How to Choose the Type of Insulation –Facts That May Help You Choose
Polyurethane foam strengthens your home or building. Higher-density, closed-cell spray foam insulation inside your stud walls fully adheres to both the exterior sheathing and the studs, reinforcing both. With this added rigidity, there will be less wall movement due to wind, vibration and occupant activity. Additionally, your walls have greater than code-required resistance to "racking events," such as hurricanes or other strong wind situations.
SPF can also add structural strength to buildings. NAHB Research demonstrated SPF-filled walls could add from 75 percent to 200 percent racking strength to walls of OSB, plywood, light-gauge metal, vinyl siding or gypsum board.
Closed- and Opened-Cell Foam
Both types of foam are commonly used in most building applications, and the choice for which to use can depend on many of the factors discussed above. Some foams are inappropriate in specific applications. For example, you typically would not use open-cell foam below grade or in flotation applications where it could absorb water; this would negate its thermal performance because water is a poor insulator compared to air. Closed-cell foam would be a good choice where small framing sizes need the greatest R-value per inch possible. Closed-cell foam would be used for roofing applications. Call today to learn more details about the differences between these types.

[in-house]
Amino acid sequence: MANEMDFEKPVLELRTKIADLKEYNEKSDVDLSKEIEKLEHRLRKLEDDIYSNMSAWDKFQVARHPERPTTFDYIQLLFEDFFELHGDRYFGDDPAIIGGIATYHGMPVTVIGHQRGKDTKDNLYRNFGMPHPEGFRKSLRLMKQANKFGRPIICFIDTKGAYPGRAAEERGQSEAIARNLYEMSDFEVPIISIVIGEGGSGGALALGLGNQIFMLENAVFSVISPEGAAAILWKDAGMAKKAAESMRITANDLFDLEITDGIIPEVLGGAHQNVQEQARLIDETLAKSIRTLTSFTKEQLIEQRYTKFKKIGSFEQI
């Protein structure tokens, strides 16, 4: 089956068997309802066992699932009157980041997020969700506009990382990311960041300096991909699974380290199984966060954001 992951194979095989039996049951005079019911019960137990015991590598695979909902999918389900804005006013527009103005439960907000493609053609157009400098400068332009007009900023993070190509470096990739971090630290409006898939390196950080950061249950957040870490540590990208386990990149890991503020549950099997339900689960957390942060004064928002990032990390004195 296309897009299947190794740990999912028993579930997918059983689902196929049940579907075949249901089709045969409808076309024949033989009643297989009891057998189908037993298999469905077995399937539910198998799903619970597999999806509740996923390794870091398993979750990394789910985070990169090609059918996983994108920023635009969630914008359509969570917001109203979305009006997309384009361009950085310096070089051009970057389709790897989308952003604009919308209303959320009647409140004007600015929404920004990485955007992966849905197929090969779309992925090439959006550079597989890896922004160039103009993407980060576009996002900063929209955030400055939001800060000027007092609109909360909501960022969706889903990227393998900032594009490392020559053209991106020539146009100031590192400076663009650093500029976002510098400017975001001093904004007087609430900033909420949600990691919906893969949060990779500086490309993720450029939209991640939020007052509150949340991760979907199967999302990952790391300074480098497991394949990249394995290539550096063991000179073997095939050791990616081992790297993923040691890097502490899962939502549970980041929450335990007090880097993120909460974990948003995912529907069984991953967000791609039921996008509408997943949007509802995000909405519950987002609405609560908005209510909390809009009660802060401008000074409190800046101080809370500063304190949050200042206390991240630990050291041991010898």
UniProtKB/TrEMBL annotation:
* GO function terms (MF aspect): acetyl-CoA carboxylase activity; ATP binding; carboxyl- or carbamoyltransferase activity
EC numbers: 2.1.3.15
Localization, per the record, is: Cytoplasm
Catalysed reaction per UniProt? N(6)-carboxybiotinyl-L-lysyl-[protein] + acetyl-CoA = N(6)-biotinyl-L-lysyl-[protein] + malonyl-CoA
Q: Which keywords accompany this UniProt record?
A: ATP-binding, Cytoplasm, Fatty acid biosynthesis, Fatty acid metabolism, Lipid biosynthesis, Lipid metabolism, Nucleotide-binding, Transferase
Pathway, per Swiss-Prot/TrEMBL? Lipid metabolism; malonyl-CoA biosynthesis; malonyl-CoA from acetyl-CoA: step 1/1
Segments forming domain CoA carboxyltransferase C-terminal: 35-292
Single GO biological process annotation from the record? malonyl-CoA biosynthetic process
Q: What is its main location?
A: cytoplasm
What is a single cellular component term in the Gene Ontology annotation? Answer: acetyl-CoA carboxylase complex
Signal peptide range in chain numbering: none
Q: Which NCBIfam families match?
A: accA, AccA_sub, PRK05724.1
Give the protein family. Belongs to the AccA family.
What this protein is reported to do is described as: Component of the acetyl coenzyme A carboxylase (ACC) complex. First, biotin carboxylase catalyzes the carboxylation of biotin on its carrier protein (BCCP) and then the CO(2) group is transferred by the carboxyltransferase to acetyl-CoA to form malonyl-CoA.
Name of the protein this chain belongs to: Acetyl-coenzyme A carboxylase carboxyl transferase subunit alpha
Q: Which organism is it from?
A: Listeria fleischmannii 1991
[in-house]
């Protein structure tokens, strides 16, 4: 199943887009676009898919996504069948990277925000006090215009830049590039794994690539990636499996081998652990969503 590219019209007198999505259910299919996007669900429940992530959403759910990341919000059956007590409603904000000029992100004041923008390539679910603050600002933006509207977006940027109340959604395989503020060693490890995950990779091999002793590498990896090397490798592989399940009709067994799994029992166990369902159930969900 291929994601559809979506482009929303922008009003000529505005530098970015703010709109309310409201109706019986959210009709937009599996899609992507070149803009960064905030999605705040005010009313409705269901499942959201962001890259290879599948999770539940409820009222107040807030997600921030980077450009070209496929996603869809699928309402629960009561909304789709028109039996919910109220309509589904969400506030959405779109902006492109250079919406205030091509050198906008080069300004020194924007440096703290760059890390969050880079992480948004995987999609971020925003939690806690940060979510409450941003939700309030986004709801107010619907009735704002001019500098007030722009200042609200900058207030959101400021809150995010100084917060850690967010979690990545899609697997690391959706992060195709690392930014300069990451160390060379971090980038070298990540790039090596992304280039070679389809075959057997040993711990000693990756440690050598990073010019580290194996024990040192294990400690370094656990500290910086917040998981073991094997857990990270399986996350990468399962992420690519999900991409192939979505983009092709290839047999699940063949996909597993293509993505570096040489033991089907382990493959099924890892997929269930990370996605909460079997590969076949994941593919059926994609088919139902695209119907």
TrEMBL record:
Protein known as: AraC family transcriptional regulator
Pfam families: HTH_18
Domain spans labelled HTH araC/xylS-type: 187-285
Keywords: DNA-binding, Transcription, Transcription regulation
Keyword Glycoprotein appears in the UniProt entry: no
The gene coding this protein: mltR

Roofing Foams and Coating
The polyurethane foam dries within seconds after application to the roof surface. Its expansion results in a weather-tight roofing membrane that is fully adhered to the substrate. Because of polyurethane's lightweight nature, it adds little additional weight to the structure and is often used in remedial applications.
Polyurethane foam has a history of more than 35 years as a maintainable roofing medium. Polyurethane foam adds excellent insulation value to the structure, and utility bills can reflect the difference.
Once the SPF has been applied to the proper thickness and finish specifications, a protective layer of elastomeric coating or gravel is applied. This protective layer produces a durable, weather-resistant surface and that can be walked on for normal maintenance.
Cellulose means exceptional fire resistance, sound insulation and pest control. Stabilized cellulose contains a fire retardant derived from naturally occurring borax that increases a building’s fire resistance by 22 percent to 55 percent in comparison to fiberglass. When exposed to flame, fiberglass melts, creating cavities that allow fire to spread more quickly through walls. Cellulose chars, preventing those cavities and creating a two-hour firewall in which occupants can escape and firefighters can bring the fire under control. The borax contributes the added benefit of naturally repelling insects and vermin, as well as inhibiting fungal infestation. Additionally, the low moisture content of damp spray achieves a sound transfer coefficient rating as high as 66 for certain wall assemblies, combining with the natural soundproofing of the insulation’s high density to create an ideal sound barrier.
Radiant barriers reflect radiant energy transferred via radiation. Radiation is the transfer of heat (infra-red radiant energy) from a hot surface to a colder surface across an air space. All surfaces, including roofs, ceilings and basic insulation, radiate heat in varying degrees. Radiant heat is invisible and has no temperature, just energy. When this radiant energy strikes a secondary surface, it is absorbed and increases the temperature of that secondary surface.